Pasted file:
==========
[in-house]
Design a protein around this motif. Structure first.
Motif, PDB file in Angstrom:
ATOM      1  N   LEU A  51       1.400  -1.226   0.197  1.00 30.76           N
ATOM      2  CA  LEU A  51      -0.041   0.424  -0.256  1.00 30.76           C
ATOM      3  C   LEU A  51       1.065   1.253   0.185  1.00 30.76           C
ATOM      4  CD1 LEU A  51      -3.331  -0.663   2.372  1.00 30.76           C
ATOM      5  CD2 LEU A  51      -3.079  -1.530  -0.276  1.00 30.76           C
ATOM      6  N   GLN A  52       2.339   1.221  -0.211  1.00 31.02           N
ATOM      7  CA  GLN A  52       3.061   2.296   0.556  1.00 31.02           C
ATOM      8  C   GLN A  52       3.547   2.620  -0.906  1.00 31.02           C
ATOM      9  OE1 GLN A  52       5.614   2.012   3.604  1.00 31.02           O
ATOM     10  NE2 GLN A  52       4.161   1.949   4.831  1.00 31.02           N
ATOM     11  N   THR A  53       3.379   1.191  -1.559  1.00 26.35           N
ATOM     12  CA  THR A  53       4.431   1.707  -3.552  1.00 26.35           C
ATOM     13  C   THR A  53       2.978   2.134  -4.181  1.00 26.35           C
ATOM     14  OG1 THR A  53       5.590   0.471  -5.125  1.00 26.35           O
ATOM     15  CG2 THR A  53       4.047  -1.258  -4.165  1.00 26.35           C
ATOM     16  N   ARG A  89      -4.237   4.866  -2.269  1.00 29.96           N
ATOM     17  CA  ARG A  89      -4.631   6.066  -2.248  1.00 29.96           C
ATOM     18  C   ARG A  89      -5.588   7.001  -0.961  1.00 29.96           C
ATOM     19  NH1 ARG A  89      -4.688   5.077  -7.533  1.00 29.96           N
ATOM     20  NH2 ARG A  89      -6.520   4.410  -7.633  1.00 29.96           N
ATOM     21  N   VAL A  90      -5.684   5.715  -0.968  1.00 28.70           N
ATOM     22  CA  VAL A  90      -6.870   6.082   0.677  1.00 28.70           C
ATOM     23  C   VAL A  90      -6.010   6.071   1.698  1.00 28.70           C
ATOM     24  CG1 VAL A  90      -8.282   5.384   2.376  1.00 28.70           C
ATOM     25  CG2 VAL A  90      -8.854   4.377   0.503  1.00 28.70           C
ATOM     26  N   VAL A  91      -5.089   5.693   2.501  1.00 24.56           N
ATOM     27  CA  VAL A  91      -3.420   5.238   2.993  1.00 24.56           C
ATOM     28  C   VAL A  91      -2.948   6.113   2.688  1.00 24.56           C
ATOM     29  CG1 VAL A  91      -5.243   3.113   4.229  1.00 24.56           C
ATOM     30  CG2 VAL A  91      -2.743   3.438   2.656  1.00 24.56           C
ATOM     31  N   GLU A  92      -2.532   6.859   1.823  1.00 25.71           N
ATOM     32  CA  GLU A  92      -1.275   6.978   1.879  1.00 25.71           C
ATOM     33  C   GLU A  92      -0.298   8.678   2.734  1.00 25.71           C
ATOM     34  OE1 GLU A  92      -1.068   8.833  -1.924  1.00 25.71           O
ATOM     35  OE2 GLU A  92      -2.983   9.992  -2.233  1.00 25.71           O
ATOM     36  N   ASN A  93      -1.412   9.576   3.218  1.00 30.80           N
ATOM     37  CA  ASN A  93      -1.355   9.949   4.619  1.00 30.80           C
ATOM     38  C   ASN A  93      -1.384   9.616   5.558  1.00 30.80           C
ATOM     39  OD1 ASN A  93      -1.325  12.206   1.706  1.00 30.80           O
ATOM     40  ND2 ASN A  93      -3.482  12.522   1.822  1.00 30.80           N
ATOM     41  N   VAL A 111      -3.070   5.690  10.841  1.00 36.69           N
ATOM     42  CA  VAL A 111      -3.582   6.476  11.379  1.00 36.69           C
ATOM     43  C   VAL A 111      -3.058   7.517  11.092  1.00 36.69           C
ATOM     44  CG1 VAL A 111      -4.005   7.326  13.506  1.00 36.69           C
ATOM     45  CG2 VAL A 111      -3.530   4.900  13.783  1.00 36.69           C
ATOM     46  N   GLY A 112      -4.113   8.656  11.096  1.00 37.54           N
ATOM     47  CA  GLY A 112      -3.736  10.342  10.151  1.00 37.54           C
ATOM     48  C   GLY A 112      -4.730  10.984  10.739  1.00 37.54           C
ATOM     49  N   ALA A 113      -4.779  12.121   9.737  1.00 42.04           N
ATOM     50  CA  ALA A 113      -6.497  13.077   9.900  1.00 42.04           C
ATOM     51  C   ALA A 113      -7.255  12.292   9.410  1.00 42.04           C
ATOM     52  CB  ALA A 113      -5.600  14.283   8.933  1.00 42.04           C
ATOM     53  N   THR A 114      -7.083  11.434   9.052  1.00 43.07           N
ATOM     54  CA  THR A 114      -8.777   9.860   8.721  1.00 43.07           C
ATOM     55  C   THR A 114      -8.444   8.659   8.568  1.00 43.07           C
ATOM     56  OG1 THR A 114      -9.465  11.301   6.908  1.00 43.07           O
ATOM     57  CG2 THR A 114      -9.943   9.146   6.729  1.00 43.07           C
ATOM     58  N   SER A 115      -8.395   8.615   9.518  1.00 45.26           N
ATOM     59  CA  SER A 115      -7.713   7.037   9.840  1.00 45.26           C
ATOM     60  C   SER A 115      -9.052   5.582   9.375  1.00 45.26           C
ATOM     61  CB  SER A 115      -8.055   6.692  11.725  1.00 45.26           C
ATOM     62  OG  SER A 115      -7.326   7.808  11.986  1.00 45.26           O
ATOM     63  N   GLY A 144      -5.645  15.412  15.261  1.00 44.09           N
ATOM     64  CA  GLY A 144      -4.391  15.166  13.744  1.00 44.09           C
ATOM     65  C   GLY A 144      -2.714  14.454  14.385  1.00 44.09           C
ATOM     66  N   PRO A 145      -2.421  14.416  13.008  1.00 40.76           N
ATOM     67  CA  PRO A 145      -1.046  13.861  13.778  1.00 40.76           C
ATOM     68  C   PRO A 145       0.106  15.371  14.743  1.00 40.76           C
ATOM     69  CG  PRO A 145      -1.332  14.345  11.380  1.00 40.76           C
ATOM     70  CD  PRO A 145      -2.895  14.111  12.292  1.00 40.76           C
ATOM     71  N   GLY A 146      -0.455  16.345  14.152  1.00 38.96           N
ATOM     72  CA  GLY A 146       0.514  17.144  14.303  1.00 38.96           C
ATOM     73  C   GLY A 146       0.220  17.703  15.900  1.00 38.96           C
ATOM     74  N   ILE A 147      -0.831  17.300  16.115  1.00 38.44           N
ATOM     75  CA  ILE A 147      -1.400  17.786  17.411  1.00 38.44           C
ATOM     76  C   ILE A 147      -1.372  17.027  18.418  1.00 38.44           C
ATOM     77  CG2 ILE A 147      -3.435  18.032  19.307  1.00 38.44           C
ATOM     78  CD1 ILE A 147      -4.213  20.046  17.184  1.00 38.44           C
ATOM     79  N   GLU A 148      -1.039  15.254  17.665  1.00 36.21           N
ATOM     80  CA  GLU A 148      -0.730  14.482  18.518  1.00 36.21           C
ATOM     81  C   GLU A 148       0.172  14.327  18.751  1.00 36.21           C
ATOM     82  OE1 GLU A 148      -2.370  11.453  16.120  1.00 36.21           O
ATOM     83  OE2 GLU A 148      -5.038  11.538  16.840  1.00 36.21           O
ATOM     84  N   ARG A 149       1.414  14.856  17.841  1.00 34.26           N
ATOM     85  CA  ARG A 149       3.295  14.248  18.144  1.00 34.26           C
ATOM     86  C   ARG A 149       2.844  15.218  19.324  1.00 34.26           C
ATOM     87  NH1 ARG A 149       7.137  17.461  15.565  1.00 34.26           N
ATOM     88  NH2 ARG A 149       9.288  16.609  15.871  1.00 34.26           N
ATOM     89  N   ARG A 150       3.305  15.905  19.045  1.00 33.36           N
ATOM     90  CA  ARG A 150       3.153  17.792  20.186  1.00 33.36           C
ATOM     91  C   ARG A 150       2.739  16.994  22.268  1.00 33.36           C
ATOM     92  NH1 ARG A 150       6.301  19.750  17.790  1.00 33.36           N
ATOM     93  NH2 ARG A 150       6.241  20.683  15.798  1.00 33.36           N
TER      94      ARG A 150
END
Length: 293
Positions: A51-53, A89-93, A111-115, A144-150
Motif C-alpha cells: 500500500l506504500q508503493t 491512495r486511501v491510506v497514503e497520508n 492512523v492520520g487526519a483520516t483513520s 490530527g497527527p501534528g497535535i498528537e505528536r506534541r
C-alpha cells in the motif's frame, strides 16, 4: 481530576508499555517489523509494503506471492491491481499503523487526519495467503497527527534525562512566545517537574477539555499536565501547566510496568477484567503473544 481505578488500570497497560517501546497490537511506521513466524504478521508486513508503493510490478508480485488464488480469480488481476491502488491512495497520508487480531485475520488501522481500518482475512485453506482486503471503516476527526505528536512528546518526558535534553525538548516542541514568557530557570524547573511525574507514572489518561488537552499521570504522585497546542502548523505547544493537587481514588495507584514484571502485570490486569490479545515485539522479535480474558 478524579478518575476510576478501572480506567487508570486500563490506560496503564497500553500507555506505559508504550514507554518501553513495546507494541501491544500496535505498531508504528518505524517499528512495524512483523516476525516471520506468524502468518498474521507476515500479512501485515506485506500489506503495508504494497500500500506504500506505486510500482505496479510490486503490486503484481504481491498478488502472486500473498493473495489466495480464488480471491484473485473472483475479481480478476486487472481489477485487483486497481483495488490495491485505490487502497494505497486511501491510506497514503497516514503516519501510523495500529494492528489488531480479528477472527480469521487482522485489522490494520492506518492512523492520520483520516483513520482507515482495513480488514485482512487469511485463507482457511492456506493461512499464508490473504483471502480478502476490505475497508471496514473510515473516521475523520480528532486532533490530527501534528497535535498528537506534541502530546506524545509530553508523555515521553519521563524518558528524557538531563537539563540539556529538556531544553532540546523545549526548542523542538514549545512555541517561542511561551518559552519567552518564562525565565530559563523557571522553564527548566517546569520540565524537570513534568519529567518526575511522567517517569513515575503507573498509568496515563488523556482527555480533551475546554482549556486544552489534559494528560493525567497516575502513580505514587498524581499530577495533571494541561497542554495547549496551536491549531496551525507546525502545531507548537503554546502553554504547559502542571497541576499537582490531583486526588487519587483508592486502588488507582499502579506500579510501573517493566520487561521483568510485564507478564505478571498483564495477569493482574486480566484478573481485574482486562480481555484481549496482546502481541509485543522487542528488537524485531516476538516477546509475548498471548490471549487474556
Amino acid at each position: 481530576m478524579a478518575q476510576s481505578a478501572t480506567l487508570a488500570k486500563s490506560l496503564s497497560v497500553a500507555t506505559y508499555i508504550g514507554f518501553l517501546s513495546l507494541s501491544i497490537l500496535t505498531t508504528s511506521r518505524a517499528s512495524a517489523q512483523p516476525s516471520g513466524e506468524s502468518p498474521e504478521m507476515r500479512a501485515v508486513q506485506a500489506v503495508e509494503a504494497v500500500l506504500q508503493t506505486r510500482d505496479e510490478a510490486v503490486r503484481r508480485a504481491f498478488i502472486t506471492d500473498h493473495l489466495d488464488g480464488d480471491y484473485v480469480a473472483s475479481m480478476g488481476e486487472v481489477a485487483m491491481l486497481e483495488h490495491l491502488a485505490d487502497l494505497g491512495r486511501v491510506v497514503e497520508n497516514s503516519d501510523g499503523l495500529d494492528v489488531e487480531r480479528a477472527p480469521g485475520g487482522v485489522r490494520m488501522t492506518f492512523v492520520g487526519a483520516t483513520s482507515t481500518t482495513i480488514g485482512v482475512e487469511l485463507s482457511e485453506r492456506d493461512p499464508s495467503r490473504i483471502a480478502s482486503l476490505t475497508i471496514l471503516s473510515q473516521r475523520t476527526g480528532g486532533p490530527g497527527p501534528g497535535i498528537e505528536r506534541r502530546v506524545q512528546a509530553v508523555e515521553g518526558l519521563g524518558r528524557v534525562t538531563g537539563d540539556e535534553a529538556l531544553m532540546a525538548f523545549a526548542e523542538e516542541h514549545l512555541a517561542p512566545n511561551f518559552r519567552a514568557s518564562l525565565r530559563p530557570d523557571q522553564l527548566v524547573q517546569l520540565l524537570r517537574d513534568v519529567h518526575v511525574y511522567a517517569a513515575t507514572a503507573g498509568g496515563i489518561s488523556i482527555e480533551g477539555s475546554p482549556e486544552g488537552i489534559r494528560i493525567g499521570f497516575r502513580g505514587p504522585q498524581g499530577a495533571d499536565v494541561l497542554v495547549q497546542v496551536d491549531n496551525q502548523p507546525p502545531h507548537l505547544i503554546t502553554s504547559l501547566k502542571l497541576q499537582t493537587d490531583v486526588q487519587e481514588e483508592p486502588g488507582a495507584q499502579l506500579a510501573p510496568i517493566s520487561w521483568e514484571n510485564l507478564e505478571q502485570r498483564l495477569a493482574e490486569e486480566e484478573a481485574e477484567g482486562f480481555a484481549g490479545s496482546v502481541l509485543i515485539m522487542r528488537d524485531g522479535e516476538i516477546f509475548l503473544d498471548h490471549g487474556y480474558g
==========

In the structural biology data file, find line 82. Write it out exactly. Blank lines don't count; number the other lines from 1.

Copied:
ATOM     79  N   GLU A 148      -1.039  15.254  17.665  1.00 36.21           N